Fain adds that if you hold the note towards the light and there is no watermark or if you can see the watermark even without lifting it towards the light, then the note you are holding is likely a counterfeit.

Look for the embossed print

Features to watch out for:

  • Relief print.
  • Double-check the watermark and color-changing ink.

“One of the most difficult aspects of a genuine banknote for counterfeiters to reproduce is the embossing,” says Fain. “To detect it, all you have to do is slide your fingernail slowly and carefully along the note. You will feel resistance from the note and some vibrations on the nail from the ridges of the embossed print. “
If you don’t feel the vibration or resistance, this is where Fain suggests double-checking that watermark and looking for color-changing ink.

Check the serial number

Features to watch out for:

  • The serial number.
  • Compare serial numbers if you have more than one suspected counterfeit invoice.

You’ve probably heard this before, but what are you looking for? Mkrtchyan states that counterfeit banknotes can have serial numbers that are not evenly spaced or not perfectly aligned in a row.
“Also, if you have received multiple suspicious invoices, look to see if the serial numbers are the same on both banknotes. Clearly, if they are the same, then they are counterfeit, “says Mkrtchyan.

Look for fibers

Features to watch out for:

  • Look for red fibers.
  • Look for the blue fibers.
  • Pay attention to make sure they are actually fiber.

We think of paper money as paper, but it’s actually made of cotton and linen – and that allows the US Treasury to do some pretty cool things with “paper” money.
“All US banknotes have tiny red and blue fibers embedded in the paper,” says Mkrtchyan. “The red and blue lines don’t have to be printed or drawn, as is common on counterfeit currency, but they should rather be part of the card itself.”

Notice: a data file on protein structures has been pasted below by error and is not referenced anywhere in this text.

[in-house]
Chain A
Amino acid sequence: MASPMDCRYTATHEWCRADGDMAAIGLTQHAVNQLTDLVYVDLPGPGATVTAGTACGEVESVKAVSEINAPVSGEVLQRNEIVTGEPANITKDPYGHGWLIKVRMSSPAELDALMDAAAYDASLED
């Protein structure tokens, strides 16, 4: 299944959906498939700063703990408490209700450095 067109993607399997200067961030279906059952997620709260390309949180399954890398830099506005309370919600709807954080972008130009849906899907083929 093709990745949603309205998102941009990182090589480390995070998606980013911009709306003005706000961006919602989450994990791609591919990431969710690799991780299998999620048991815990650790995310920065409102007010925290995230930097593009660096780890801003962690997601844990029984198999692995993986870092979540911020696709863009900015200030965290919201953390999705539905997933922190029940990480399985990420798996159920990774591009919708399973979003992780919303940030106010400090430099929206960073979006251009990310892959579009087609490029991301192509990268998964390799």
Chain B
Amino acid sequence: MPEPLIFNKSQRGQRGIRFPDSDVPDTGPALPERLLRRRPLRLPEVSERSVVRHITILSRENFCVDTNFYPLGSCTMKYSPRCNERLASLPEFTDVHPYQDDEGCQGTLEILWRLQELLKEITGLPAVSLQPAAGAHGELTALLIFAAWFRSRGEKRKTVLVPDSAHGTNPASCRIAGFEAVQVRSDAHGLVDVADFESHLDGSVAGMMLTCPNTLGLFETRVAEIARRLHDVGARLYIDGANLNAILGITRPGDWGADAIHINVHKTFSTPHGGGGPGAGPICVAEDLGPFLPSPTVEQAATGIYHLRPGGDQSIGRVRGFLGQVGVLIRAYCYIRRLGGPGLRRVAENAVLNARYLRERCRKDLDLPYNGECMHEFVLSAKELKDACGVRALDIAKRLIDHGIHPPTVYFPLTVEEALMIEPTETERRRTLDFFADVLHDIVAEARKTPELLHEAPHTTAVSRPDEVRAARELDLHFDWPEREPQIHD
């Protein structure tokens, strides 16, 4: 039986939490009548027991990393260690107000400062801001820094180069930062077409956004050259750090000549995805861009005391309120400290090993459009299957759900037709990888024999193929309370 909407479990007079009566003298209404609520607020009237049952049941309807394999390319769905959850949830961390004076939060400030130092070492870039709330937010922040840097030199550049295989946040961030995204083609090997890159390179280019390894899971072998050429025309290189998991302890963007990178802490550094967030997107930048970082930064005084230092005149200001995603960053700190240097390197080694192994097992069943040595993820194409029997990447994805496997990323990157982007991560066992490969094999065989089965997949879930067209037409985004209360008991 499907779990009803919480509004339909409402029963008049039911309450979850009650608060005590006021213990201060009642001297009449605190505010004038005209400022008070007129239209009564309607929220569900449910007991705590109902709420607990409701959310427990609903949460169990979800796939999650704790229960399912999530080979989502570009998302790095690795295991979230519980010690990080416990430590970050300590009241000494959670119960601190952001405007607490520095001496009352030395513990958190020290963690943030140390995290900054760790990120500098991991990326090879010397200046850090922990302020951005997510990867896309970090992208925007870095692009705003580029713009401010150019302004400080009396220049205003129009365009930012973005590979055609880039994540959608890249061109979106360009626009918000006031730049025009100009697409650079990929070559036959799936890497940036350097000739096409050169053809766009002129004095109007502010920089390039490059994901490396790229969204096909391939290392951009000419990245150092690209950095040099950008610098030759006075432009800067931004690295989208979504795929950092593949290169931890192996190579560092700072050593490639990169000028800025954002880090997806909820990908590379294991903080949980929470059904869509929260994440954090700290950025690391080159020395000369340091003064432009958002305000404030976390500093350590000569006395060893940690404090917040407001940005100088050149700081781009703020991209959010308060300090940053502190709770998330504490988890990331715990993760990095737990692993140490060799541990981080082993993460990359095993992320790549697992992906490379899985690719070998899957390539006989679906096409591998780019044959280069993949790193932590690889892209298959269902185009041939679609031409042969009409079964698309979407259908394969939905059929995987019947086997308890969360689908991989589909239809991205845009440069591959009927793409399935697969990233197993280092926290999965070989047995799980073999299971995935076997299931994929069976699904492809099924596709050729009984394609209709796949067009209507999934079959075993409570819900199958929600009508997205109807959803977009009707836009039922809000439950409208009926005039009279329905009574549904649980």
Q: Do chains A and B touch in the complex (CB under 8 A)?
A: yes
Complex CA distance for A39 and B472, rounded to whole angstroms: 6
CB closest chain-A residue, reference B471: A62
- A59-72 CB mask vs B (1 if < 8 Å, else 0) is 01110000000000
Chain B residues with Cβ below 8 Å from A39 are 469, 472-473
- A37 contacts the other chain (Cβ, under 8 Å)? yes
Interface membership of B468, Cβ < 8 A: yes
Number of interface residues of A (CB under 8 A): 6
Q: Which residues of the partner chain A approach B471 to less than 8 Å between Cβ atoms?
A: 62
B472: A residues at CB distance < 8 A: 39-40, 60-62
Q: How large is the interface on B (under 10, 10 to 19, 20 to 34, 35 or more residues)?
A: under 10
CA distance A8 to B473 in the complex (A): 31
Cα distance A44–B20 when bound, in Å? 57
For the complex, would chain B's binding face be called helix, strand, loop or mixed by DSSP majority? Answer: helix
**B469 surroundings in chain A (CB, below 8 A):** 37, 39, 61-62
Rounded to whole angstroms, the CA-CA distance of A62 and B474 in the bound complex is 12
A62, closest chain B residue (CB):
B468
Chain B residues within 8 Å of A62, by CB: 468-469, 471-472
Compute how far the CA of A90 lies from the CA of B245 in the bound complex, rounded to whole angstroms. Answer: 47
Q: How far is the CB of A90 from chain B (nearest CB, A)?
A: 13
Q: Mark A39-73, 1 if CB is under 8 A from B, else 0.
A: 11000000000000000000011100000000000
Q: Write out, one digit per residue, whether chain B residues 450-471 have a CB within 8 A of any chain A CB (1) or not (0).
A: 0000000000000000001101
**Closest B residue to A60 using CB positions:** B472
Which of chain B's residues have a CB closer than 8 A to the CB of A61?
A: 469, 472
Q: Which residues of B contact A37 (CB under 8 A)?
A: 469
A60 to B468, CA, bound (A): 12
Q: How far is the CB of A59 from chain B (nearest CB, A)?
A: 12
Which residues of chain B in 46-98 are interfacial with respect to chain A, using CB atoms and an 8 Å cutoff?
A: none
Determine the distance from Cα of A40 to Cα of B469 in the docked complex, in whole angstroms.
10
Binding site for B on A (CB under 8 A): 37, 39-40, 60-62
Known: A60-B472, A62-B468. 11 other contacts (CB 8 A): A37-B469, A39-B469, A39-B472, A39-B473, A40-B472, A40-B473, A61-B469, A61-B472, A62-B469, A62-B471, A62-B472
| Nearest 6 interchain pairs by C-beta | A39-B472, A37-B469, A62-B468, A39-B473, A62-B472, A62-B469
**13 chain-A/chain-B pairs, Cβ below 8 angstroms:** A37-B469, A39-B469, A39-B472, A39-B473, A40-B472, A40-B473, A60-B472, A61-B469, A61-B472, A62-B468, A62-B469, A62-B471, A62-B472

Look for the plastic strip in the bill

Features to watch out for:

  • A strip of plastic that runs from the top to the bottom of the bill.
  • Search for “USA” on the account.
  • Only works for bills of $ 5 and up.

There is a lot to be done to make money that we probably all take for granted. Mkrtchyan suggests looking for the plastic strip that goes from the top to the bottom of the bill.
“The print will say ‘USA’ followed by the note denomination, which is spelled out for $ 5, $ 10 and $ 20 notes but presented in numbers on the $ 50 and $ 100 notes,” he says.

The $ 1 and $ 2 don’t have these plastic strips. Apparently there isn’t much of a counterfeiting problem with those banknotes.

“These threads are placed in different places on each denomination to prevent lower denomination bills from being bleached and reprinted as higher denominations. Therefore, you would have to compare bills of the same denomination to detect the same stripe position, “says Mkrtchyan.

Seeking microprint

Features to watch out for:

  • You’re looking for microprint, hidden on the bill.
  • Microprints are often phrases that have to do with the United States.

You will need to use a magnifying glass to look for the microprint. Files suggests looking at Benjamin Franklin’s collar on the $ 100 bill. If you have a $ 50 bill, look at Grant’s collar. Look under the treasurer’s signature on the $ 20 bill and the $ 5 bill, Files suggests looking at the eagle shield. In these places you will find phrases like “The United States of America”, “USA” or “E. Pluribus Unum.